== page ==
I should have found a way. Our first morning, a thick sheet of cloud has sealed off the sky. The weather does not clear in the evening. So all of us grab a glass of wine and pile into the Newtons' home movie theater, tricked out with three tiers of club chairs and a 65-inch high-definition TV, for a presentation of Jack's photographs. It's not the same as milling about in his $100,000 observatory, but I'mmesmerized, and Jack has a lyrical flair. Comets are "dirty snowballs, as hell-bent as sperm." One cubic centimeter of a particular star "weighs as much as an aircraft carrier." A black hole "can't be photographed, though I can tell you what's going on in the neighborhood."
Jack reminds us, "There are another 200 billion galaxies in the universe, so if someone says, 'We're alone in the universe,' give your head a shake. It's mathematically impossible." I realize, with some sadness, that the last time I'd actually sat through a lecture about something I knew nothing about, I was still in college. I feel grateful. And I feel certain I'll be back.
Another couple, the Pfeiffers, clearly feel the same way. "This is the most wonderful B&B I've ever been in," declares Randi, a jeweler, as she hugs her hosts good-bye. "As soon as we get home, we're going to call, and you can tell us the best week to come next year, astrologically."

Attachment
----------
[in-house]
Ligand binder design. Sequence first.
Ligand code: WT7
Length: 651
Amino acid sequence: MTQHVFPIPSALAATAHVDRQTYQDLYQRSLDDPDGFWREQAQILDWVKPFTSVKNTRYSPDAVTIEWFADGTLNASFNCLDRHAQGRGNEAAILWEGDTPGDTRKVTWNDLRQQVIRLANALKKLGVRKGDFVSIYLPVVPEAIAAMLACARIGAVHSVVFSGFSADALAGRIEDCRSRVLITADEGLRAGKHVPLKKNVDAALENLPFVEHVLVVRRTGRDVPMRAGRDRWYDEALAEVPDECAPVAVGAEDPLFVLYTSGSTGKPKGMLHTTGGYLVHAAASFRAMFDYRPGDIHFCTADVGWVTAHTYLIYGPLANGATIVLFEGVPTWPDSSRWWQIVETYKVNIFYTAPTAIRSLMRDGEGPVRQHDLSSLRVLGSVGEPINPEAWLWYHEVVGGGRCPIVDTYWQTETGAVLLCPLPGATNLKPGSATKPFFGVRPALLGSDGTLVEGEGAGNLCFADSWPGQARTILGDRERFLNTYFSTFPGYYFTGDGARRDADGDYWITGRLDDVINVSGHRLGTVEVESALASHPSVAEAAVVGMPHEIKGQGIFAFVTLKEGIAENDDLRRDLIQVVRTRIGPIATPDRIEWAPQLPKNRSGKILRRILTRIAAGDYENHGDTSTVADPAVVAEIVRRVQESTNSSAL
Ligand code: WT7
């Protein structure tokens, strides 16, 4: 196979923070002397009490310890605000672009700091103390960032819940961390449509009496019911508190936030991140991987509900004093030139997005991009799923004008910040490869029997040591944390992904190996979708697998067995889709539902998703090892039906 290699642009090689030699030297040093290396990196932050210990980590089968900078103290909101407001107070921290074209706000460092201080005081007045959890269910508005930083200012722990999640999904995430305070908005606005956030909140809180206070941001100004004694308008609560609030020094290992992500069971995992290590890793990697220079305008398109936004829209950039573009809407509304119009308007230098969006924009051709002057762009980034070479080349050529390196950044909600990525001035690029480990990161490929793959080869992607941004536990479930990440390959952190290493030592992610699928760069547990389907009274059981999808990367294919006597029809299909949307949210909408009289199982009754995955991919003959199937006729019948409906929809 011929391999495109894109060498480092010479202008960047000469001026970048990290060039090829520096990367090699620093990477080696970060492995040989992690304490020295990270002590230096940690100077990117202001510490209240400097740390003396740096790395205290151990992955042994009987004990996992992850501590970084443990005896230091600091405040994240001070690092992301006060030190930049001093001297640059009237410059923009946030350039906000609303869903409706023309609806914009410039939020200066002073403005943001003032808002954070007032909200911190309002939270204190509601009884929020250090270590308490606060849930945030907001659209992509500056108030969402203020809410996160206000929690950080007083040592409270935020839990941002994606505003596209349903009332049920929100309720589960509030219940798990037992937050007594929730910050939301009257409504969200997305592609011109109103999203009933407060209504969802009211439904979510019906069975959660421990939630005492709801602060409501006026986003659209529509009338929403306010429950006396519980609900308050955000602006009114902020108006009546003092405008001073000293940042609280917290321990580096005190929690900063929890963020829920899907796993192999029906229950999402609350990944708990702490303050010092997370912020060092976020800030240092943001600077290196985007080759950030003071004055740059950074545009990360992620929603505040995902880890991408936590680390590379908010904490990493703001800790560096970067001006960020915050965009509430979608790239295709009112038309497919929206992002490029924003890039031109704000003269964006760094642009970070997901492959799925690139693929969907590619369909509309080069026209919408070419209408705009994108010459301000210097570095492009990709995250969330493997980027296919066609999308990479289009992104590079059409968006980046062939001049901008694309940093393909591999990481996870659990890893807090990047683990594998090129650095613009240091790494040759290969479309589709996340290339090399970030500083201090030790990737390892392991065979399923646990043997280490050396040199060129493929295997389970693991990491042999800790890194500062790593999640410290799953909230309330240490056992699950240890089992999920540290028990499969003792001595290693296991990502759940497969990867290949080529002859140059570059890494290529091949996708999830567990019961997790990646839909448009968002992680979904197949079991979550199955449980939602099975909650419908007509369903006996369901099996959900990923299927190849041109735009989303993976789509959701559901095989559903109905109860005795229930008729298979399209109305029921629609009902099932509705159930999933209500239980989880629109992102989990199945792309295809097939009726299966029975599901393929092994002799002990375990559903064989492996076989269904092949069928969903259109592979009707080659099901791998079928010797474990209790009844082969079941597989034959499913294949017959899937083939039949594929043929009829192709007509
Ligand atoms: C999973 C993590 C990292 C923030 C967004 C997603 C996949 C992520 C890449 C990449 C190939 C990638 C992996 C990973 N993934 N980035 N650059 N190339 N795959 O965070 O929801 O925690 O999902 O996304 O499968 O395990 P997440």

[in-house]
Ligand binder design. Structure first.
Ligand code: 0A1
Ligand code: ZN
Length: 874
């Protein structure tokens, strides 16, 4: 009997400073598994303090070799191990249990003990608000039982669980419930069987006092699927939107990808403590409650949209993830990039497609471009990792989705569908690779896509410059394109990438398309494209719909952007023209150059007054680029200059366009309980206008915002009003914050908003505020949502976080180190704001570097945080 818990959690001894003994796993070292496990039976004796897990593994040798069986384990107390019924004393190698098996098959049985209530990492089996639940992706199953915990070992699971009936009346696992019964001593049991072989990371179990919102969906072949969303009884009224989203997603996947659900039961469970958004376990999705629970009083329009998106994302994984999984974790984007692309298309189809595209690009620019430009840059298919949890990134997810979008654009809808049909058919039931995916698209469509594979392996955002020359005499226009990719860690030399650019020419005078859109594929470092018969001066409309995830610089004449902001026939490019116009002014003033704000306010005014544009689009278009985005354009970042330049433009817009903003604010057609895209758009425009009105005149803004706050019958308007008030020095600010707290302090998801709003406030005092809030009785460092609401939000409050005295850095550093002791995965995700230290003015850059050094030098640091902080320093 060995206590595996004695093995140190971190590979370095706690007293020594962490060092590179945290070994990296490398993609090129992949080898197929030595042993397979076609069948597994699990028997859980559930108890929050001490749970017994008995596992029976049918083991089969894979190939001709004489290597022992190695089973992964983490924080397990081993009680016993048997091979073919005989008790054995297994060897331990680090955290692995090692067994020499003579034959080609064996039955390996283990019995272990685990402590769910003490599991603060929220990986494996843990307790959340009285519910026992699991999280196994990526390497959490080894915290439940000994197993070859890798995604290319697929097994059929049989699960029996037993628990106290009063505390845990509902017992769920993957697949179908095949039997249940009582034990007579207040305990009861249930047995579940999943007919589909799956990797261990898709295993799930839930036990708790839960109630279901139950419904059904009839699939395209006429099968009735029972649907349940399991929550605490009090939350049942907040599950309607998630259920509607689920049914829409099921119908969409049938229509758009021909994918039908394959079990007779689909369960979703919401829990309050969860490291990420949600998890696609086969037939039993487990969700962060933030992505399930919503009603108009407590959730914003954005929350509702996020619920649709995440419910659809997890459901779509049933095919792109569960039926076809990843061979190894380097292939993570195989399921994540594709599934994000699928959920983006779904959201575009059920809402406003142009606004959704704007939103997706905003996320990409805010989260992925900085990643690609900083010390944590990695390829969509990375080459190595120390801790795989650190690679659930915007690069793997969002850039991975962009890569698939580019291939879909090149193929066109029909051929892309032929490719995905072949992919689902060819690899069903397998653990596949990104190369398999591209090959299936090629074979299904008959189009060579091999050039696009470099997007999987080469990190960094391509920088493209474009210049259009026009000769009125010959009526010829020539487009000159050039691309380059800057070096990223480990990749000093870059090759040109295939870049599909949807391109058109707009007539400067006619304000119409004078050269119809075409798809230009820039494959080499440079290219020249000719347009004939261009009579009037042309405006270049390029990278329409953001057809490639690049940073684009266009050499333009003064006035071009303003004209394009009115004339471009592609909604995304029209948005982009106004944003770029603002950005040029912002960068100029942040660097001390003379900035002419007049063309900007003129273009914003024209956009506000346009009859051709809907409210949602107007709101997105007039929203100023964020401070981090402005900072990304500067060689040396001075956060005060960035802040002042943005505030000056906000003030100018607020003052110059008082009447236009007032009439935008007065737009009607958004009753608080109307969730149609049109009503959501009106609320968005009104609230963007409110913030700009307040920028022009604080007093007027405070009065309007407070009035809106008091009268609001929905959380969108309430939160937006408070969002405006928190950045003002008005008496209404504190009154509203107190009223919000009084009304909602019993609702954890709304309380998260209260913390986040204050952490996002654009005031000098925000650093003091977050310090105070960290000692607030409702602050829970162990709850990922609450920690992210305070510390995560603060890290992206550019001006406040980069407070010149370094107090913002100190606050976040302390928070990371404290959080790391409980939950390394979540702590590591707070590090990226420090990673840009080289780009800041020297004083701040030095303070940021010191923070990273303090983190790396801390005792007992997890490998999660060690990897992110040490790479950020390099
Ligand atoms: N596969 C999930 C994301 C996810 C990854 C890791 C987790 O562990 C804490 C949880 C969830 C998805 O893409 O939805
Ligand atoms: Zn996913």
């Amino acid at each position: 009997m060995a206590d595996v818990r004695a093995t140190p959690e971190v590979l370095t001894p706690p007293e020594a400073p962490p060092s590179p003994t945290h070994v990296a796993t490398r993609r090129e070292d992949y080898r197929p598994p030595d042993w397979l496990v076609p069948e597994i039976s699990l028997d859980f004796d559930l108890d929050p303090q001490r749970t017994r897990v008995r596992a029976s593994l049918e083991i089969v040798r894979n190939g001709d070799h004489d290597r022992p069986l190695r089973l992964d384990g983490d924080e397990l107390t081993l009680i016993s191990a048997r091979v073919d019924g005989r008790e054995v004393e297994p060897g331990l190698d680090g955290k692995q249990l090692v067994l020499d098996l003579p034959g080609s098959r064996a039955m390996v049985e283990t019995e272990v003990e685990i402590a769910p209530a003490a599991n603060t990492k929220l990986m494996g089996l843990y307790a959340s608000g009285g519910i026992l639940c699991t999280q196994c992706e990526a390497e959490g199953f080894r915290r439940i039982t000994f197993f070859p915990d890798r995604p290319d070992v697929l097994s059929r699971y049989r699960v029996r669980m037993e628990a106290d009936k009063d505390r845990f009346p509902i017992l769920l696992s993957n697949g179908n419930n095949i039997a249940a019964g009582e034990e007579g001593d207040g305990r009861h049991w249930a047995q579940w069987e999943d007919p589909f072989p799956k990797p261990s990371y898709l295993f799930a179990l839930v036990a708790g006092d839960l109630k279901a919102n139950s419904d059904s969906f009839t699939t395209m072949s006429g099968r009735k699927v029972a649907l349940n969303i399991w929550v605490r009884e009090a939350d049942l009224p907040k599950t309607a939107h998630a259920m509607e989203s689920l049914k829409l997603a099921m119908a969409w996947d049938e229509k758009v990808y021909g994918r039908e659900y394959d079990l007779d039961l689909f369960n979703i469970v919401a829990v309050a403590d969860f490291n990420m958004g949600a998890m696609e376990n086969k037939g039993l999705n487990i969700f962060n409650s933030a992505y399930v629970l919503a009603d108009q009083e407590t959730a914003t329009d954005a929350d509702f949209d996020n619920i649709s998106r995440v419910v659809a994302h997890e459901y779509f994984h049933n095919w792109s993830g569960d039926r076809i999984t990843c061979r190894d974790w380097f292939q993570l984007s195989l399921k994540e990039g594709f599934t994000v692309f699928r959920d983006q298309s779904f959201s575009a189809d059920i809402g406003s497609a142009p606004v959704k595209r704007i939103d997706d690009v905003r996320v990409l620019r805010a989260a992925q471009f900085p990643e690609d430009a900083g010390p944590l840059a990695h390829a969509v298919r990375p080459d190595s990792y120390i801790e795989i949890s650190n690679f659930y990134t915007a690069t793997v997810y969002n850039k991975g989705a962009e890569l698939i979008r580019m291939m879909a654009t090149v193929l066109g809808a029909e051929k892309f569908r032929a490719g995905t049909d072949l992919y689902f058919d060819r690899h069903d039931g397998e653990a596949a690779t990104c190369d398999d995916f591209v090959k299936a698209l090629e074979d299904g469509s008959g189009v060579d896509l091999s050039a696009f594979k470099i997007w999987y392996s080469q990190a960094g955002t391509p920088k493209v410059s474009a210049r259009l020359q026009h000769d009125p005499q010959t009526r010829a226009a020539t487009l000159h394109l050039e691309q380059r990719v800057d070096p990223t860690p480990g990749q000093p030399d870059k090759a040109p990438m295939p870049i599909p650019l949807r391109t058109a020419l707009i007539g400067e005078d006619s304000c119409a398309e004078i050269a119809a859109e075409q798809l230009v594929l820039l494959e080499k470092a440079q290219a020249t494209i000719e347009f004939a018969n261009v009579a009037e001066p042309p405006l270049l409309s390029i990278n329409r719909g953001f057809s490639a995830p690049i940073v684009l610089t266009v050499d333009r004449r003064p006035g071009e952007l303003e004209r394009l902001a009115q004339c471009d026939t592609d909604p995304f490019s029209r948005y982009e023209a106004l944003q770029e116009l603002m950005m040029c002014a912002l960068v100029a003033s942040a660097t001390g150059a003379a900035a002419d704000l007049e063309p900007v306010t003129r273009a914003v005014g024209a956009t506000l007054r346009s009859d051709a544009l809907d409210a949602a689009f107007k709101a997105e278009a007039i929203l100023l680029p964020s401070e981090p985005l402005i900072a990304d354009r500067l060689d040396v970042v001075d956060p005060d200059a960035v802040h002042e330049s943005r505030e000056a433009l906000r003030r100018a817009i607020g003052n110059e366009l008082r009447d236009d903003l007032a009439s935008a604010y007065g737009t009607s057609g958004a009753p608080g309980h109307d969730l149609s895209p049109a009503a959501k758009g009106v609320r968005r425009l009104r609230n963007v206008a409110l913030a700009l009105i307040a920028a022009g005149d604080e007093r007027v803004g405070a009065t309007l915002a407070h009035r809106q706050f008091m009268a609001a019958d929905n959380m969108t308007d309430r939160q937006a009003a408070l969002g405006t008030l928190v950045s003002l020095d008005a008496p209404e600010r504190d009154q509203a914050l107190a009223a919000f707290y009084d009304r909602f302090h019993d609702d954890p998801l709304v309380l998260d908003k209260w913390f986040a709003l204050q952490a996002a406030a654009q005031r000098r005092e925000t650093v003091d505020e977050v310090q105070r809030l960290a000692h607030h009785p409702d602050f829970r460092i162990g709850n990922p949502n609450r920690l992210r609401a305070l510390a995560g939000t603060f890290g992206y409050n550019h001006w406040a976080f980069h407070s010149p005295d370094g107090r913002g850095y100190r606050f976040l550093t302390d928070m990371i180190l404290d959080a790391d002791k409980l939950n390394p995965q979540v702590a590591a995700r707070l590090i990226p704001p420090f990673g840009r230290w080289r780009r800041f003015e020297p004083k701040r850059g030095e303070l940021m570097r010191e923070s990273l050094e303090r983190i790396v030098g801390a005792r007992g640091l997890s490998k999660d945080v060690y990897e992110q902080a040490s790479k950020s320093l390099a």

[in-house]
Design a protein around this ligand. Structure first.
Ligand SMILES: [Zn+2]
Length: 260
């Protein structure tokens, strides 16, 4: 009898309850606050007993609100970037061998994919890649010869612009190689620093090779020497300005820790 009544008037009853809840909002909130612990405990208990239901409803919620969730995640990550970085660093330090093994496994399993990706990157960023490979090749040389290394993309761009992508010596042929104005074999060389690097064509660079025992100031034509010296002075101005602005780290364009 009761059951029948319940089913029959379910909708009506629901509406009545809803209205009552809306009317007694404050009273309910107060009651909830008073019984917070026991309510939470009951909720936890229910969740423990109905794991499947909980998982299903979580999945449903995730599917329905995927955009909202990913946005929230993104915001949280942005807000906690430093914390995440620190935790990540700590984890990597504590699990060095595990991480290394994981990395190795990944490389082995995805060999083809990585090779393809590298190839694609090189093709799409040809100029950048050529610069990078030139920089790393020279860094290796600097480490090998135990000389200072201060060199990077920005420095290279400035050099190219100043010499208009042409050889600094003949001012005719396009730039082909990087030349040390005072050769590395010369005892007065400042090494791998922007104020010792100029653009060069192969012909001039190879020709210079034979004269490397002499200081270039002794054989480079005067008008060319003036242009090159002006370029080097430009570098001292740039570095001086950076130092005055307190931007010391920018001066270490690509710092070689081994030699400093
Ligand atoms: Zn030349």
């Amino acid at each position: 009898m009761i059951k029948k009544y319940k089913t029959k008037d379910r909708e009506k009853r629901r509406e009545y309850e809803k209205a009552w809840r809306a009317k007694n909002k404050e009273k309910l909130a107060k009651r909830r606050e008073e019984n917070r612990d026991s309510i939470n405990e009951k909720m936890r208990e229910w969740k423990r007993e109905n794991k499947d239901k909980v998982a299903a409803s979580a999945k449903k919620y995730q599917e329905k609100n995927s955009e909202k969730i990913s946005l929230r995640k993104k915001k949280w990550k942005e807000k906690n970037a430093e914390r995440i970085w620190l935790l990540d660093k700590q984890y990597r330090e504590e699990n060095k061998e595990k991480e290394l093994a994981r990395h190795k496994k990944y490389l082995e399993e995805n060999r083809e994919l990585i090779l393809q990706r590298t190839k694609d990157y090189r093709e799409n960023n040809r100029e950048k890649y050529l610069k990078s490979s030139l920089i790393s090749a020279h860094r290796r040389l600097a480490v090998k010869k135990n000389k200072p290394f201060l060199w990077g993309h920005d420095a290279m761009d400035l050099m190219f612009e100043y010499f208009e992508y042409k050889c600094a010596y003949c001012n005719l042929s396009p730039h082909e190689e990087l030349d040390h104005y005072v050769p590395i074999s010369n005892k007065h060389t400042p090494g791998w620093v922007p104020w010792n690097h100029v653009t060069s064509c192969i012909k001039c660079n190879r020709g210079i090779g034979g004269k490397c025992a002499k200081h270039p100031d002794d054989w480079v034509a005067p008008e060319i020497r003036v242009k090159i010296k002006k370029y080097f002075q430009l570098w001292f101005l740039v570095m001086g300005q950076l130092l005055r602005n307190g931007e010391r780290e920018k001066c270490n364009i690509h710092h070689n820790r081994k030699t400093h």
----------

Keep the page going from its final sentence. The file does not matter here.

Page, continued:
"Astrololologically. Whatever. You know what I mean."
Jack thanks her, gives me a smile, shrugs. "They're new."
Getting to Osoyoos isn't impossible, but it does mean changing planes; Continental, Air Canada, and Alaska Airlines are your best bets. The Newton Observatory B&B is open from May 1 to mid-October. The B&B makes a splendid four-day weekend. The Moon Room runs from $59; the suites from $73. For an additional $37, Jack throws in a lesson in astrophotography. For more details, call Jack and Alice Newton at 250/495-6745.
WHAT TO DO
Tinhorn Creek Vineyard (250/498-3743) offers self-guided tours. The Golden Mile Hiking Trail winds through four miles of foothills. The International Bicycling and Hiking Trail follows the Okanagan River. Hard-core bikers cantry the Kettle Valley Railway Trail. Swimmers head to Haynes Point Provincial Park, on Osoyoos Lake. Golfers like the Osoyoos Golf & Country Club; riders can contact Indian Grove Riding Stable (250/495-7555 or 250/498-4478).
For more information, call the Osoyoos Chamber of Commerce: 250/495-7142.